Friday, November 02, 2007

EasyJet and the API

Piers Ford, one of regular writers at Travolution, adds his thoughts to yesterday's news from EasyJet about its new (and let's face it, long awaited) API:

So EasyJet will dip its toe in multi-channel distribution early in 2008 with the launch of an API that will allow it to formalise its business with selected third parties, mainly in the corporate travel sector.

Distribution development manager Jerry Dunn says that while easyJet’s roots are steeped in direct distribution, the time has come for the airline to consider other channels without compromising its low-cost message.

“We prefer to take direct control,” he said. “Between 6 and 10% of our sales are made by third parties without our permission, usually using inefficient and unreliable screen-scraping technology. We want to take more control of that, and an API licensed to selected third parties, tying them into our terms and conditions, will allow us to do that.”

Dunn says the API would also allow easyJet to manage a more robust fare structure with third parties. However, it will not be engaging with the leisure sector.

“We need to engage and understand the opportunities that are there, casting our net wider, for example, on comparison sites where we can offer our Stansted and Luton flights in direct competition with Heathrow,” he reckons.

“But we will only deal with additional channels that we feel are going to be effective.”

Contrast the thoughts of Dunn with Kristie Goshow, group director of e-business and customer development at luxury supplier Jumeirah, with whom he shared the platform.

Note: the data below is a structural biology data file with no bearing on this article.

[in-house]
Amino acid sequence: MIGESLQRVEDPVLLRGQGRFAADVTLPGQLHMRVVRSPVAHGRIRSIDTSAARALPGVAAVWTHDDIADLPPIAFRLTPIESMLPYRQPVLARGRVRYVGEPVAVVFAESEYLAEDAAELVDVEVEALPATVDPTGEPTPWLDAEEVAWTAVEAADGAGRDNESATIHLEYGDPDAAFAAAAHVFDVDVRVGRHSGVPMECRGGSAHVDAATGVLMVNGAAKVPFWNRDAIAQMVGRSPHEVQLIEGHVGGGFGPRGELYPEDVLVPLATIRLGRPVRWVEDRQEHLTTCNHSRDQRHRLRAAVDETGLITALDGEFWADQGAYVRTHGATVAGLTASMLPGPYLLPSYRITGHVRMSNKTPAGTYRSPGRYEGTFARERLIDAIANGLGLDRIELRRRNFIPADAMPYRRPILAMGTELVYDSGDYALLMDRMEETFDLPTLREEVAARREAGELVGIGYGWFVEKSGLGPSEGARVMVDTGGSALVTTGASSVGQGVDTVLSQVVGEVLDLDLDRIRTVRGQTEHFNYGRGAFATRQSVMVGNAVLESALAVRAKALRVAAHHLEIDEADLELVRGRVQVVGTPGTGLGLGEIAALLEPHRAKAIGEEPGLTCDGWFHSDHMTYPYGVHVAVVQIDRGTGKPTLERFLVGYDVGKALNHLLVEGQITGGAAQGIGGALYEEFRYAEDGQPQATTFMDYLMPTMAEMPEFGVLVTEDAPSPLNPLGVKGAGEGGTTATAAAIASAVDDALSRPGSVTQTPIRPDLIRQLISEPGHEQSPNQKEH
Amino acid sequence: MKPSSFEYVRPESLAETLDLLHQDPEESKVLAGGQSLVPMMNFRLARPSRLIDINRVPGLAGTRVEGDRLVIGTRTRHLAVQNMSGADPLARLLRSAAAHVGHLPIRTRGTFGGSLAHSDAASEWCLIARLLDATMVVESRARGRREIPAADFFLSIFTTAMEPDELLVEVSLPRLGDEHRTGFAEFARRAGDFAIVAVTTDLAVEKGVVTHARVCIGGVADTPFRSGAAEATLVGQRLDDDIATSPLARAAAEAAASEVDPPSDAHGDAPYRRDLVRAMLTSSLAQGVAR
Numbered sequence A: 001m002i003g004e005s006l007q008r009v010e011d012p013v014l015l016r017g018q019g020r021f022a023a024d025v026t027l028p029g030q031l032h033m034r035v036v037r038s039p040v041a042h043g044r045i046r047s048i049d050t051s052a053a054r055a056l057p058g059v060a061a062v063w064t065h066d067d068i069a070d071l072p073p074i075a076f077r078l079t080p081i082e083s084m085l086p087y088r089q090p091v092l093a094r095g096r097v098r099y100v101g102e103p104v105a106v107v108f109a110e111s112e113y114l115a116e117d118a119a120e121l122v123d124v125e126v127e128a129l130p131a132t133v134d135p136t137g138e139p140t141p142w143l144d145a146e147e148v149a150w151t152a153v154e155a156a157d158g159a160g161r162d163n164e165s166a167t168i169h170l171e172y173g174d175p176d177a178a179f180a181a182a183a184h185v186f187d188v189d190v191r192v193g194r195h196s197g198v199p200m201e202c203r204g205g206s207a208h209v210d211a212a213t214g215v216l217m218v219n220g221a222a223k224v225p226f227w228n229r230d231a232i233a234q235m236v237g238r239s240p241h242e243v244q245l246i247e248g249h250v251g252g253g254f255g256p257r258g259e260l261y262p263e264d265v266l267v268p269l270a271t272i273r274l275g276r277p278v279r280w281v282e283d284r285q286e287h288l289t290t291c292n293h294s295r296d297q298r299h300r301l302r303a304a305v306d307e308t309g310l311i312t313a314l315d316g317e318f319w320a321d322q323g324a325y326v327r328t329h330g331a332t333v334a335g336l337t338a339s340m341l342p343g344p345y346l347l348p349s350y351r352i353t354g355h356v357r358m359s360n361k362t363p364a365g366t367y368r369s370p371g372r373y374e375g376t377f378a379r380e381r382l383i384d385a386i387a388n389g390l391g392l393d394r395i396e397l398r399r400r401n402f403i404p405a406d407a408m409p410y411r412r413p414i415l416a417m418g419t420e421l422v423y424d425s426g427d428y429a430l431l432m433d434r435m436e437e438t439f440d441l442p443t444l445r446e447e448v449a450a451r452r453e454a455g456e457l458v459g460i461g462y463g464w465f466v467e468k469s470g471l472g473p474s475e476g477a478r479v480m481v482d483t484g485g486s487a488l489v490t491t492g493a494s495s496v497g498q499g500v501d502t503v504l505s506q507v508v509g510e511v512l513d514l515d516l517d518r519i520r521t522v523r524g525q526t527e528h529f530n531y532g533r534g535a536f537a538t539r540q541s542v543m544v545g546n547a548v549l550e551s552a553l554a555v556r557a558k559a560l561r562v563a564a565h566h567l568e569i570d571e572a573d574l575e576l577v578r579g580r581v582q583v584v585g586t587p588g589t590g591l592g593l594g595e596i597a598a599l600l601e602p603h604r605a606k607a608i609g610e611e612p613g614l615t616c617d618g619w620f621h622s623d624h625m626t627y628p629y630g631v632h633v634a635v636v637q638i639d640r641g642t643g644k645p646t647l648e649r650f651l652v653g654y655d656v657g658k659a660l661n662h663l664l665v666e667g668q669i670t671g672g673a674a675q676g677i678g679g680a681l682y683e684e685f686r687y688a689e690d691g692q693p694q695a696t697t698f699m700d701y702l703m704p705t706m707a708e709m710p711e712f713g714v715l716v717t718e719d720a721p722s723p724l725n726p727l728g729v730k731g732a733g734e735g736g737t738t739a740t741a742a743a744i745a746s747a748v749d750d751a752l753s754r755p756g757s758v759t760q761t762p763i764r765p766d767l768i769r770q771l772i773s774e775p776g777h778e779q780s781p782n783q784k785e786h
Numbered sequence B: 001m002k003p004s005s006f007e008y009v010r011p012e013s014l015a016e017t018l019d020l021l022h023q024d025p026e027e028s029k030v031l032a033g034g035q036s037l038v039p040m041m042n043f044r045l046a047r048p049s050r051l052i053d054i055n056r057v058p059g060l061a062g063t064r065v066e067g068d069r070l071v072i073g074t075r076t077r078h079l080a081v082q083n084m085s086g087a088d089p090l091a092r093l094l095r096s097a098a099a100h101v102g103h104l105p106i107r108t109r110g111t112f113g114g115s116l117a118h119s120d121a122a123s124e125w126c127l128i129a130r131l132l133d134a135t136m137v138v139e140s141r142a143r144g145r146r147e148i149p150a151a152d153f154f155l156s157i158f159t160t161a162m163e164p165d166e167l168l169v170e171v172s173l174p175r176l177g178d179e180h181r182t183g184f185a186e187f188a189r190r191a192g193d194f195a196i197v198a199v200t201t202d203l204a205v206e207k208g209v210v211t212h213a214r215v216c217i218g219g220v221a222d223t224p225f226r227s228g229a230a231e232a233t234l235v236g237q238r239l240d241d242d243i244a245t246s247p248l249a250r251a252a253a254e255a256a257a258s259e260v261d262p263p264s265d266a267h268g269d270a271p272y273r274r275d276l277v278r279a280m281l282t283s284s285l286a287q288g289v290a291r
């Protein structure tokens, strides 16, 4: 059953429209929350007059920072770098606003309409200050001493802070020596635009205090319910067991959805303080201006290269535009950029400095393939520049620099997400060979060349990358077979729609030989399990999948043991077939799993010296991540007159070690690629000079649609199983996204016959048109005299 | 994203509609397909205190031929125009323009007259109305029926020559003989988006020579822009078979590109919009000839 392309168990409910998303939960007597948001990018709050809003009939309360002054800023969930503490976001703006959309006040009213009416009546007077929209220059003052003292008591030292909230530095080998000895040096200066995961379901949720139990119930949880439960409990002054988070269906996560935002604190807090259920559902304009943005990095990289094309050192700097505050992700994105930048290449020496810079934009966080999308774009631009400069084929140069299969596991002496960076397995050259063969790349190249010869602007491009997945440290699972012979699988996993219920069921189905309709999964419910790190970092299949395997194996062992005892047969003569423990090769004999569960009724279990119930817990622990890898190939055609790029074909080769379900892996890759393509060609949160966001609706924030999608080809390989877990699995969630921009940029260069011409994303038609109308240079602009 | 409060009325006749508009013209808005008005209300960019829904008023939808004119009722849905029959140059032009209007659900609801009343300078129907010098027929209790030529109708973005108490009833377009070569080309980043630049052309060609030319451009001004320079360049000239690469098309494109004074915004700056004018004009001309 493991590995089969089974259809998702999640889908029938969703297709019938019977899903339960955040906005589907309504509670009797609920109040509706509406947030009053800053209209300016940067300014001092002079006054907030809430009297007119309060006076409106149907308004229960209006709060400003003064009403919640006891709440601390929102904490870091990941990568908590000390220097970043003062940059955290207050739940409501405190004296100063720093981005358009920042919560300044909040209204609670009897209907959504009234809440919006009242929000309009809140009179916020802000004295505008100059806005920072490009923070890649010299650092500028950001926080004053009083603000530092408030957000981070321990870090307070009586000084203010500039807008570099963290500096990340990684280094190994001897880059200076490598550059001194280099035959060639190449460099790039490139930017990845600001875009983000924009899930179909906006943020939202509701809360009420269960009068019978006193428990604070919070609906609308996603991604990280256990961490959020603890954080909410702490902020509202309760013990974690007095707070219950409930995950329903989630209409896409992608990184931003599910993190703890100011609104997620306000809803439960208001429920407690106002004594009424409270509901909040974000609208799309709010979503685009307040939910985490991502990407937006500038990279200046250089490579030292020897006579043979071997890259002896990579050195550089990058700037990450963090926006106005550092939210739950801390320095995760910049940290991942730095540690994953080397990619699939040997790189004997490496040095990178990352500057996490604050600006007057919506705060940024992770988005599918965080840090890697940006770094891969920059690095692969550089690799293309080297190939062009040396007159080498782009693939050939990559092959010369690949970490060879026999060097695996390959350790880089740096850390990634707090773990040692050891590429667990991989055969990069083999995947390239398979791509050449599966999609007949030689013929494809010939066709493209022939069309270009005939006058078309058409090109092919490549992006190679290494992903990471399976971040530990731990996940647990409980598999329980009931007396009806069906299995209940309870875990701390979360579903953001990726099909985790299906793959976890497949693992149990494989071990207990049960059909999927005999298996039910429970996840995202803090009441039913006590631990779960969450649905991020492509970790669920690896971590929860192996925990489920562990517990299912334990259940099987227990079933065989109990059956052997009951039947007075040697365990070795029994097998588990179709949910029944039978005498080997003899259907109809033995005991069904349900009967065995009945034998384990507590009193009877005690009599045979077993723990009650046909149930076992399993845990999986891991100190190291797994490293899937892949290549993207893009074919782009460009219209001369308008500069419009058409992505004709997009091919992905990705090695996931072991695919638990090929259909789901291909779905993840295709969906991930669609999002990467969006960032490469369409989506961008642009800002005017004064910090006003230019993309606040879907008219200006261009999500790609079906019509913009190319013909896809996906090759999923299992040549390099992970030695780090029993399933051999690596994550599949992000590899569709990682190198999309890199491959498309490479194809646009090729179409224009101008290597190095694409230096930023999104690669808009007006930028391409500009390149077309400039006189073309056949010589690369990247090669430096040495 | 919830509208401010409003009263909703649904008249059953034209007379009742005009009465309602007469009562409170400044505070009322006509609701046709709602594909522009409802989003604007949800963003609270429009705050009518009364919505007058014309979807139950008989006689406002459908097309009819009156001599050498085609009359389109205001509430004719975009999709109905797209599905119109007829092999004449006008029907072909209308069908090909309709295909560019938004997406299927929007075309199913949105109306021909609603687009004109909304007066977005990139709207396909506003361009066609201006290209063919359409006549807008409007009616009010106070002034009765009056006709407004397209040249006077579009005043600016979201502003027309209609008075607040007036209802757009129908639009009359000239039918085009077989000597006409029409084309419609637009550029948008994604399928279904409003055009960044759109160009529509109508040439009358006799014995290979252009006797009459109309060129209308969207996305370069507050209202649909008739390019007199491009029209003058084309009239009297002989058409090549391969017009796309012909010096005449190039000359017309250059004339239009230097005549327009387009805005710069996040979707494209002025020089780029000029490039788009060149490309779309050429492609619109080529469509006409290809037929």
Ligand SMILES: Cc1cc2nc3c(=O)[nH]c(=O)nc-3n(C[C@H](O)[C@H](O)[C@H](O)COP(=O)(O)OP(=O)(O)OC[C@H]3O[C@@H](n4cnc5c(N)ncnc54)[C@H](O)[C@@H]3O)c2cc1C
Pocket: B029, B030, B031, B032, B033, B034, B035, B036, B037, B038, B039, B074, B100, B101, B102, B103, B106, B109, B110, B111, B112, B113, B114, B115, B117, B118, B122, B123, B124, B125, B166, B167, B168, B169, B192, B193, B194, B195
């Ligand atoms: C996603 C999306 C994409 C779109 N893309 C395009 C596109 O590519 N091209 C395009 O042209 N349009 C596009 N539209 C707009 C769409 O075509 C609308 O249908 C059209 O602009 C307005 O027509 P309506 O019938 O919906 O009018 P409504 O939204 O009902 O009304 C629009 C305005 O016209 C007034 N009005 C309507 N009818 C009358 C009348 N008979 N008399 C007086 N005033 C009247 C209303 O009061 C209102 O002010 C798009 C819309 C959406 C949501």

Giving a perspective on the future from the other end of the multi-channel spectrum, Goshow says the customer is now setting the leadership strategy.

“They own it and we manage it,” she says. “Every channel is an opportunity. E-commerce directors will have to become directors of opportunity. Analytics will have to be cohesive across the channels. Marketing teams will have to reflect their customers and we’ll have to recruit more behavioural analysts and fewer salespeople.”

It is interesting to see how two very different suppliers are tackling the new world of distribution: one by focusing on its customers, the other by reaching out to partners. A clear signal of the far-reaching commoditisation of one, and the service culture needed by the other.

More detail from the EasyJet and Jumeirah speeches.

Kevin May, editor, Travolution

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1 comment:

Ed Whiting said...

Jerry has a put a trade friendly face on EasyJet - Good news!

Today I know that there are many travel agents and DP tour operators packaging together an EasyJet flight with an accommodation and making a good margin on the accommodation and extras without having to reply on getting commission from the airline. I suspect that this will be a more lucrative channel to market for EasyJet, one where once intergrated by XML they can control thier distribution channel more effectively, especially if they block the screen scraping!